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The Confidence in Aging

Did you know that the fashion icon Kate Moss turned 40 recently?  The online papers were full of “she’s still got it at 40″ type headlines, as if, the minute the clock clicks over from 39 years to 40, sagging jowls, baldness, wrinkles and more occur in a snap.

Not quite, people.

Kate is a super-model for a reason:  she’s beautiful.  That doesn’t disappear just because she’s adding another year to her life.  Her cheekbones aren’t suddenly going to crumble just because she’s 40.  As we all found out the day we hit an unwanted number, life goes on and so do we.

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40? Does it look like she cares? (photo credit:


The average woman, and by definition that’s got to bemost women, will look the same once she hits middle-age.  Her family will still recognize her, she’ll still be as smart or as dumb as she was in her youth; what might change is her confidence.

Confidence:  a positive by-product of (you guessed it ) aging.

Since when did it become a dirty word?

Casting our minds back to the Victorian era, girls couldn’t wait to get older.  As a girl became a woman, her hair, which was always simply styled and flowing down her back, was allowed to be pinned up in sophisticated styles.  A girl was allowed to wear longer skirts, and she could hardly wait to grow up.

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Putting this girl’s hair up would take 3 hours a day, I’m guessing.


As a woman in that era, to be an older woman in the household was to hold a certain amount of power over the younger generations.  Look at Violet, Dowager Countess of Grantham, played by Maggie Smith, if you need an example of this.  With age came wisdom and respect.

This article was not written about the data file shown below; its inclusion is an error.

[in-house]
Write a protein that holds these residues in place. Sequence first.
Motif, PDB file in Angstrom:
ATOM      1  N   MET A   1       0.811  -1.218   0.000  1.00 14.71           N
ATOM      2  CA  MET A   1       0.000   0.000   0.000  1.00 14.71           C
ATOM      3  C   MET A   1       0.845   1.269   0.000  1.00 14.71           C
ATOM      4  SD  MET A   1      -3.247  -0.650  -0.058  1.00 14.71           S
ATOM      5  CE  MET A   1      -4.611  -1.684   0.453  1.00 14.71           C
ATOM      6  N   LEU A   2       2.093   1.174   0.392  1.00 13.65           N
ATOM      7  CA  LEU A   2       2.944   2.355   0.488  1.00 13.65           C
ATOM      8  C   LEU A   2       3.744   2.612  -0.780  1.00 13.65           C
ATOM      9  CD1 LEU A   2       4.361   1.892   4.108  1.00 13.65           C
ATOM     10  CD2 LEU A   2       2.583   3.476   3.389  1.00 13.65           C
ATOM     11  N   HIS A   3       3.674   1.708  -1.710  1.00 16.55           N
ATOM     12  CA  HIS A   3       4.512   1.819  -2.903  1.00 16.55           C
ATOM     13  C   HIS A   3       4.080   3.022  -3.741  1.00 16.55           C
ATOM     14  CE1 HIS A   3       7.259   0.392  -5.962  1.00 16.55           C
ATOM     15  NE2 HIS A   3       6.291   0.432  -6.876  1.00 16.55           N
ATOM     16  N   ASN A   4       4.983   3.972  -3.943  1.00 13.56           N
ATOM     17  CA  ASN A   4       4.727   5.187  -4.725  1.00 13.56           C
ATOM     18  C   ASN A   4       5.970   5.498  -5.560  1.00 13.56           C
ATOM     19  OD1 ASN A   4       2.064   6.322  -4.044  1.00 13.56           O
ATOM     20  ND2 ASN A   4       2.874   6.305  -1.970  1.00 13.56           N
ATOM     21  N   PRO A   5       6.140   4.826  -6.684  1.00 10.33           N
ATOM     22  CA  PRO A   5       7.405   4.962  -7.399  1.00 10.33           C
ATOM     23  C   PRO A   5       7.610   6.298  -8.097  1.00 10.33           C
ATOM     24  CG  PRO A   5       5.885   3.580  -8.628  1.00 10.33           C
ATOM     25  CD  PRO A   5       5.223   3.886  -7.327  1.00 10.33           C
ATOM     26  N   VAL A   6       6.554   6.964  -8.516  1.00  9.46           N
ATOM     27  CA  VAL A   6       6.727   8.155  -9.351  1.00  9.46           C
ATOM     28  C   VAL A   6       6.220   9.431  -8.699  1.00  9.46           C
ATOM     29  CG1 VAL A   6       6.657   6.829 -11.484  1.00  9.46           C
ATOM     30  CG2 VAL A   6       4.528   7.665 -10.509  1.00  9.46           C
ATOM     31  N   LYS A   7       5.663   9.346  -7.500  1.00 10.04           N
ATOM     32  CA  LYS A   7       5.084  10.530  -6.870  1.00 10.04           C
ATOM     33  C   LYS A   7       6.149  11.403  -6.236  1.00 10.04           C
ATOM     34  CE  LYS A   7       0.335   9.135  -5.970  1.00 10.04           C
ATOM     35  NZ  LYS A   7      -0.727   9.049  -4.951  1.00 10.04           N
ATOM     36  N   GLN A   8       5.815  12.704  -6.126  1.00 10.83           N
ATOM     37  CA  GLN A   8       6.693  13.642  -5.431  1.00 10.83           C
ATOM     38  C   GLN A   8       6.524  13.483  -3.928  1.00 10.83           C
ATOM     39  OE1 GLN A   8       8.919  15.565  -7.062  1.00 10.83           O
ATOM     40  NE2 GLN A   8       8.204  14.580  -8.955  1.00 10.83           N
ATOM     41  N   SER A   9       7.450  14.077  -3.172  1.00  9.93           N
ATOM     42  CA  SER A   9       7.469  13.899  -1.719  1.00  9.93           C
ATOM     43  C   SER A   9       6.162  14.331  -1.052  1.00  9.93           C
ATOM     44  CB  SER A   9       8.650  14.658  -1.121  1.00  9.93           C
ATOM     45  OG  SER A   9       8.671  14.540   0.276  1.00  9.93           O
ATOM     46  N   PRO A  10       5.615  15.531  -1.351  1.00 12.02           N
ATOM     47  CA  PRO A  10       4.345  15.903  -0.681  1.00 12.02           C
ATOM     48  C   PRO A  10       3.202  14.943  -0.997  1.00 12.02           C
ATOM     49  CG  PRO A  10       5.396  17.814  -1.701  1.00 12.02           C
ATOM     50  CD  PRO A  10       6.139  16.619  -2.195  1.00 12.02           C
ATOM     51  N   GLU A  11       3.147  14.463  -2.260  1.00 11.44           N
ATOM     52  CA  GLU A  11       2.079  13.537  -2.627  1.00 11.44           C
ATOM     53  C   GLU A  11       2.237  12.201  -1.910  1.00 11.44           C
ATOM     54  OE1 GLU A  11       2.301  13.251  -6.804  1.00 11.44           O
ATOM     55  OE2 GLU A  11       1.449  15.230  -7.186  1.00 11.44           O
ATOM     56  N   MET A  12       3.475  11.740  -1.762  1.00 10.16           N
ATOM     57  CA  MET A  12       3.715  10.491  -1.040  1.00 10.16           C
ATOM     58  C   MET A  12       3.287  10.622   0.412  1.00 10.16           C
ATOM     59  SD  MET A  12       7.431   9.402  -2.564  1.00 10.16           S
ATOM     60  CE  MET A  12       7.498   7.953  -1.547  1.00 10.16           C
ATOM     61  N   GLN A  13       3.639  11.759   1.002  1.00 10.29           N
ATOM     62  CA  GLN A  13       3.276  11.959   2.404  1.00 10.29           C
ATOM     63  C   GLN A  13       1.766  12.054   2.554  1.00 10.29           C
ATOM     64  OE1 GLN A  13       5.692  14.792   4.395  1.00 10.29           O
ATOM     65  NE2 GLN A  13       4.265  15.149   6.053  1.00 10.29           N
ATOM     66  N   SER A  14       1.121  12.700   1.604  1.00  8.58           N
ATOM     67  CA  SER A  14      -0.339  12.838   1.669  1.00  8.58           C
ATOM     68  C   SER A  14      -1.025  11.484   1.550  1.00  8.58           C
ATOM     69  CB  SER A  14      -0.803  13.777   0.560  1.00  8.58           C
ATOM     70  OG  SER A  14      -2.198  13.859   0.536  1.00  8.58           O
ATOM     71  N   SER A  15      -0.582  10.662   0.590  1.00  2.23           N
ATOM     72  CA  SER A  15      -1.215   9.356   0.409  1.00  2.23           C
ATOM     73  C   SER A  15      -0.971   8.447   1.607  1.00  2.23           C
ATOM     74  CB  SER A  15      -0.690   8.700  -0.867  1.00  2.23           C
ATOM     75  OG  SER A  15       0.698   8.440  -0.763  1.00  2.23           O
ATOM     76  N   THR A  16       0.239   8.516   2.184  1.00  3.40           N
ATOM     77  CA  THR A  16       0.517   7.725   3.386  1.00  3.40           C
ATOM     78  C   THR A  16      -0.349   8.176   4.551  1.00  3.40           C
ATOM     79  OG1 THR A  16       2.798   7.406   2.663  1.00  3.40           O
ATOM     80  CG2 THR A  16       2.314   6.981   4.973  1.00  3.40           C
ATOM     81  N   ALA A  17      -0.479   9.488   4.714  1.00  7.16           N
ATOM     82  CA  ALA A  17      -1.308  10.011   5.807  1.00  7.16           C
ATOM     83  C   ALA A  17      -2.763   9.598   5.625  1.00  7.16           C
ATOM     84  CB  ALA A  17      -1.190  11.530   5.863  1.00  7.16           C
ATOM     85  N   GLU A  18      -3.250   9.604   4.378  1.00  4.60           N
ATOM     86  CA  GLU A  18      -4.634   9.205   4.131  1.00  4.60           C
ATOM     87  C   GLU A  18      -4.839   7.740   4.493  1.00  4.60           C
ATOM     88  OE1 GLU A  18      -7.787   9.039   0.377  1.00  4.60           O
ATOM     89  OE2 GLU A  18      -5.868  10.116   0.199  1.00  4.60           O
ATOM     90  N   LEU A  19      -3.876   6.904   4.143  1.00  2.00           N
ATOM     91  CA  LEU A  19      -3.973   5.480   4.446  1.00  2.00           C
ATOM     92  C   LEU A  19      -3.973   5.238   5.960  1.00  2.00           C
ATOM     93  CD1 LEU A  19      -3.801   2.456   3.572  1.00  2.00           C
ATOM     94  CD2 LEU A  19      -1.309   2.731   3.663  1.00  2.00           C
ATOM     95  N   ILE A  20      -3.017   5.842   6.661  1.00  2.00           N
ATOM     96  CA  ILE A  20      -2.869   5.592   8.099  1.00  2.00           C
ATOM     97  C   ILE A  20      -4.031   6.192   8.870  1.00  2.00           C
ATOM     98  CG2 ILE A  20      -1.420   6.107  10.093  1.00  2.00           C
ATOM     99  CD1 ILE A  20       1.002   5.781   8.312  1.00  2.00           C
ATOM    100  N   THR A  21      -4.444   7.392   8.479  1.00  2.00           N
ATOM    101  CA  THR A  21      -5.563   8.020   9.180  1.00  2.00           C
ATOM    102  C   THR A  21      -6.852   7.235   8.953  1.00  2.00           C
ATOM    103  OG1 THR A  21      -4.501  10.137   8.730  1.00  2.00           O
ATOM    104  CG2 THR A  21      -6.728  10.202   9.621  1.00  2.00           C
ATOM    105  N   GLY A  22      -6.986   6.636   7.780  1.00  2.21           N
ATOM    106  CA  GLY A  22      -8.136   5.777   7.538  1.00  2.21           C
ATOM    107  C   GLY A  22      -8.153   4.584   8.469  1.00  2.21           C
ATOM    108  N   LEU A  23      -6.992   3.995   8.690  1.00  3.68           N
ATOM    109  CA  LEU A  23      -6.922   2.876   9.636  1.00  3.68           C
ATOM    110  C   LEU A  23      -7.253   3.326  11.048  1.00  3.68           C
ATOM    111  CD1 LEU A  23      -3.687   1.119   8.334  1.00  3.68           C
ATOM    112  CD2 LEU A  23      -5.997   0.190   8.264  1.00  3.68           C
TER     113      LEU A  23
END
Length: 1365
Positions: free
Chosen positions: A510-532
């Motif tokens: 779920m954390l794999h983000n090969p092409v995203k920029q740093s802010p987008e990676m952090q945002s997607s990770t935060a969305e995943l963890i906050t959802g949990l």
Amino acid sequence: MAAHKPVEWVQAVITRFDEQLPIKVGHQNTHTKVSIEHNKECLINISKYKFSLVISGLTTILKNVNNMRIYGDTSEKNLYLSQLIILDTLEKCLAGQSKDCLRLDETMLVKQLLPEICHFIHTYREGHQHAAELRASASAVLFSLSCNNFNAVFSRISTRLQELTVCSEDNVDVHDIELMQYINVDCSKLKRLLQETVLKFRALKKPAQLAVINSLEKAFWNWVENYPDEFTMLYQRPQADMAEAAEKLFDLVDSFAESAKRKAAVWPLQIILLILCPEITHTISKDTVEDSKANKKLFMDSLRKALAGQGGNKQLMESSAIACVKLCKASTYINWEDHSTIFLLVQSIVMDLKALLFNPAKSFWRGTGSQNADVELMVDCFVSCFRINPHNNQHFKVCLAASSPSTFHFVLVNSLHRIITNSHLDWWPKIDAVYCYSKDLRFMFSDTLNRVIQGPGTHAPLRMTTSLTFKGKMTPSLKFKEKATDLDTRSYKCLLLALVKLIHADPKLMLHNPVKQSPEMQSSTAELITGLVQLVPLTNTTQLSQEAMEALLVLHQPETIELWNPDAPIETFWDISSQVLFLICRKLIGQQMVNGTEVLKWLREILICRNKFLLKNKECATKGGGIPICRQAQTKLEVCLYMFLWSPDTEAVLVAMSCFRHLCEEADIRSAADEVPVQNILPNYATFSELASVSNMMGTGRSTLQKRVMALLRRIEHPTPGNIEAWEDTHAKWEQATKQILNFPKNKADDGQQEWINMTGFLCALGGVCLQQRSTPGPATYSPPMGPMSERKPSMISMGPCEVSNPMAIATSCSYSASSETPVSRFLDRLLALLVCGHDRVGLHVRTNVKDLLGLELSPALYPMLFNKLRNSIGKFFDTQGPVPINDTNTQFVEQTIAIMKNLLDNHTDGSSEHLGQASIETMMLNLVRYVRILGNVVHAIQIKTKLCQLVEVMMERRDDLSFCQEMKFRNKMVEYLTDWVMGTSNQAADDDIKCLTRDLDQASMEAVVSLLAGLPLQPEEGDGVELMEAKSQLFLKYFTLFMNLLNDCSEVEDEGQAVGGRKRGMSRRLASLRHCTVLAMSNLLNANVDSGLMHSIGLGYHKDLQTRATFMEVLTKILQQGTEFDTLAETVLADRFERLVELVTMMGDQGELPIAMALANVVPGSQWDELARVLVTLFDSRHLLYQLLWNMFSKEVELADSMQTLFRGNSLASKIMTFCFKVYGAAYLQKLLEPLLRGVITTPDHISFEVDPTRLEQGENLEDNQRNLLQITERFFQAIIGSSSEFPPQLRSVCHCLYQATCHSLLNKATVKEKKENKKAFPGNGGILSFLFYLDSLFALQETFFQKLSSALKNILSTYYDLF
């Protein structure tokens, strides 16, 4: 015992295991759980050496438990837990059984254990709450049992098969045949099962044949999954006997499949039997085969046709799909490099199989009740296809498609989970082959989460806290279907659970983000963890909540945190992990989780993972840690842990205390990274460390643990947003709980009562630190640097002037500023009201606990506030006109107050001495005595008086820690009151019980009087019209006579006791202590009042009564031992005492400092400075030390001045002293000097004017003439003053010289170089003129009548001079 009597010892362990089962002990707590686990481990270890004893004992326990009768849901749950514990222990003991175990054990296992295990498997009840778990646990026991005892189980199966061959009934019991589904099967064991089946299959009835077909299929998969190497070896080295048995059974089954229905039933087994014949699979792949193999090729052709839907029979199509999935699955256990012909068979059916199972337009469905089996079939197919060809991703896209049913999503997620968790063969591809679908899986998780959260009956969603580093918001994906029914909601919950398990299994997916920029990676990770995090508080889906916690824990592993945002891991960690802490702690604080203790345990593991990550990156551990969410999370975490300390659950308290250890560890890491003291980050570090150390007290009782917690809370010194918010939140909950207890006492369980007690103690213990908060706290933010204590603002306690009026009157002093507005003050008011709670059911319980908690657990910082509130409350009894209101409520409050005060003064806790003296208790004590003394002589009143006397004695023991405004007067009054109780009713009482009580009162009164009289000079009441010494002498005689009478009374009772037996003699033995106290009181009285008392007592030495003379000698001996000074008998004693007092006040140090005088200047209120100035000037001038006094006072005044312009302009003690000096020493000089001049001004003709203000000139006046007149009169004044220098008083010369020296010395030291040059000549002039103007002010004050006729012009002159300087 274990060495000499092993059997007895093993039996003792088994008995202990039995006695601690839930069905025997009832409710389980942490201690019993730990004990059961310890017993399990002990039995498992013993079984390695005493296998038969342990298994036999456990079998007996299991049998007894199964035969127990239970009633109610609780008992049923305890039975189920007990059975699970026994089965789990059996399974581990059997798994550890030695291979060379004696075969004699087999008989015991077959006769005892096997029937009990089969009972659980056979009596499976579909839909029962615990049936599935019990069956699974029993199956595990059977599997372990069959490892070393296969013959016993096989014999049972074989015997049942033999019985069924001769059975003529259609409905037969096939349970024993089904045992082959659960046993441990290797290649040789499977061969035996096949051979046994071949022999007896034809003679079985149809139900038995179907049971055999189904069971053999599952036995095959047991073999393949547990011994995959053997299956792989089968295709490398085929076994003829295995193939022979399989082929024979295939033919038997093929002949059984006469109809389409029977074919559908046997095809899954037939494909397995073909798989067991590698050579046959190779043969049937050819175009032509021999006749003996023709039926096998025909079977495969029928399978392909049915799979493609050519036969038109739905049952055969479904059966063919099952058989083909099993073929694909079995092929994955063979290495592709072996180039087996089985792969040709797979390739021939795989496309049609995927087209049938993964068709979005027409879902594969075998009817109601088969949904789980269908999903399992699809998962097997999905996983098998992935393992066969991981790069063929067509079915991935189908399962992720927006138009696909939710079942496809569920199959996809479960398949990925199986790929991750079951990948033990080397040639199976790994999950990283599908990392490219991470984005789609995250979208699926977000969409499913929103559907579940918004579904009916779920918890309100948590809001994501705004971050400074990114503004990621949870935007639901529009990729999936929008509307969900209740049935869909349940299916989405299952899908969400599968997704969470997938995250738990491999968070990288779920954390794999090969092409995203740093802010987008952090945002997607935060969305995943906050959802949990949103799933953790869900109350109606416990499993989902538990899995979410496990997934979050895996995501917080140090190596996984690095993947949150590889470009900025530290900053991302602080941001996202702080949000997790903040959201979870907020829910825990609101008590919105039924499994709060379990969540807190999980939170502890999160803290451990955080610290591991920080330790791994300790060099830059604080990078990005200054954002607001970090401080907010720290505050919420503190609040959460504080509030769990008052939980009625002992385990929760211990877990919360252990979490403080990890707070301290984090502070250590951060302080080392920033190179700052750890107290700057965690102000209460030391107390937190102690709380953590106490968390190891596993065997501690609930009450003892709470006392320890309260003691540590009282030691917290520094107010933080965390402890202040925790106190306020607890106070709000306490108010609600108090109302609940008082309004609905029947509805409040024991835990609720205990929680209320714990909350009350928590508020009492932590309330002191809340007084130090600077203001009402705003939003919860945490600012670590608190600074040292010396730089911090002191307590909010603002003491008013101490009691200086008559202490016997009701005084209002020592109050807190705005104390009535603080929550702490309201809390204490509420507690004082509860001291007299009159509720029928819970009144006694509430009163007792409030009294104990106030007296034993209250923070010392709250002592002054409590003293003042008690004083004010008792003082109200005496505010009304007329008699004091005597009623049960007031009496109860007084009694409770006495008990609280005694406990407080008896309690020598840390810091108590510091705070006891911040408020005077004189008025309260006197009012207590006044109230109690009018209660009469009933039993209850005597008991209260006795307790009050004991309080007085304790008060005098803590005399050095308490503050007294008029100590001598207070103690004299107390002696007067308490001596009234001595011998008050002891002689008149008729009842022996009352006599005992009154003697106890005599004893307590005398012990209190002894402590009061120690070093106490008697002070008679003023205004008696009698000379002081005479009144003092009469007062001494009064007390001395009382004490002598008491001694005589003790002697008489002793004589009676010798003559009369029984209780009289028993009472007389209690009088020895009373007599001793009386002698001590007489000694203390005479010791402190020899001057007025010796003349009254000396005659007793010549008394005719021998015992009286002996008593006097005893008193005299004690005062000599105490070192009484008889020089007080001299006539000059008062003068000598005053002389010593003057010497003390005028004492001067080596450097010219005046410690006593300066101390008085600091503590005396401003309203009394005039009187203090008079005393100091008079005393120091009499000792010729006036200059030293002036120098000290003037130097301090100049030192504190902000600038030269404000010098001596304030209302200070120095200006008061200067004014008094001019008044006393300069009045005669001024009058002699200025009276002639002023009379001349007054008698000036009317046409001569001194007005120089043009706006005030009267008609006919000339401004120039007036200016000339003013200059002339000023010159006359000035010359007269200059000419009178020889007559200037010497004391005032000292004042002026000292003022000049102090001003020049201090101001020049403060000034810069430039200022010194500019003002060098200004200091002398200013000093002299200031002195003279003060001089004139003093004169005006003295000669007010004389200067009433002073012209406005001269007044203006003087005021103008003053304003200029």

Now, middle- or old- age seem to have less value. It’s sad, really, because now I’m finally there, the goal posts have been moved and the rules that I was so familiar with, have been thrown out the window.

My bank teller now addresses me by my first name.  First name usage is to be earned, not grabbed and used without consent.

I neither want nor need it, but senior citizens are often seen standing on public conveyances while their younger, able-bodied companions sit.  What really annoys me is seeing parents with small children occupying those seats.  In my day (and yes I know how that makes me sound), children were considered strong and fit enough to stand.  Not anymore, obviously.

Young children (little whippersnappers!) don’t automatically move to one side when I walk on the sidewalk. I don’t demand it, but from years of constantly stepping aside to let my elders pass, I’m sad to note it’s no longer the done thing.  In fact, saying “the done thing” is no longer the done thing, either.


Nana would not have approved.  Violet would not have approved.  I don’t approve.

Back to Kate and her Big 4-0.  Let’s welcome her and others like her, to our club of wisdom, maturity, and general coolness. Something tells me she’ll fit right in.

Read more from Karen and Wendy Irving on their blog, After the Kids Leave

Karen and Wendy Irving

Karen and Wendy are sisters living in London and Ottawa. Our kids have mostly left home, and we're jumping into the next stage of our lives! Instagram: afterthekidsleave

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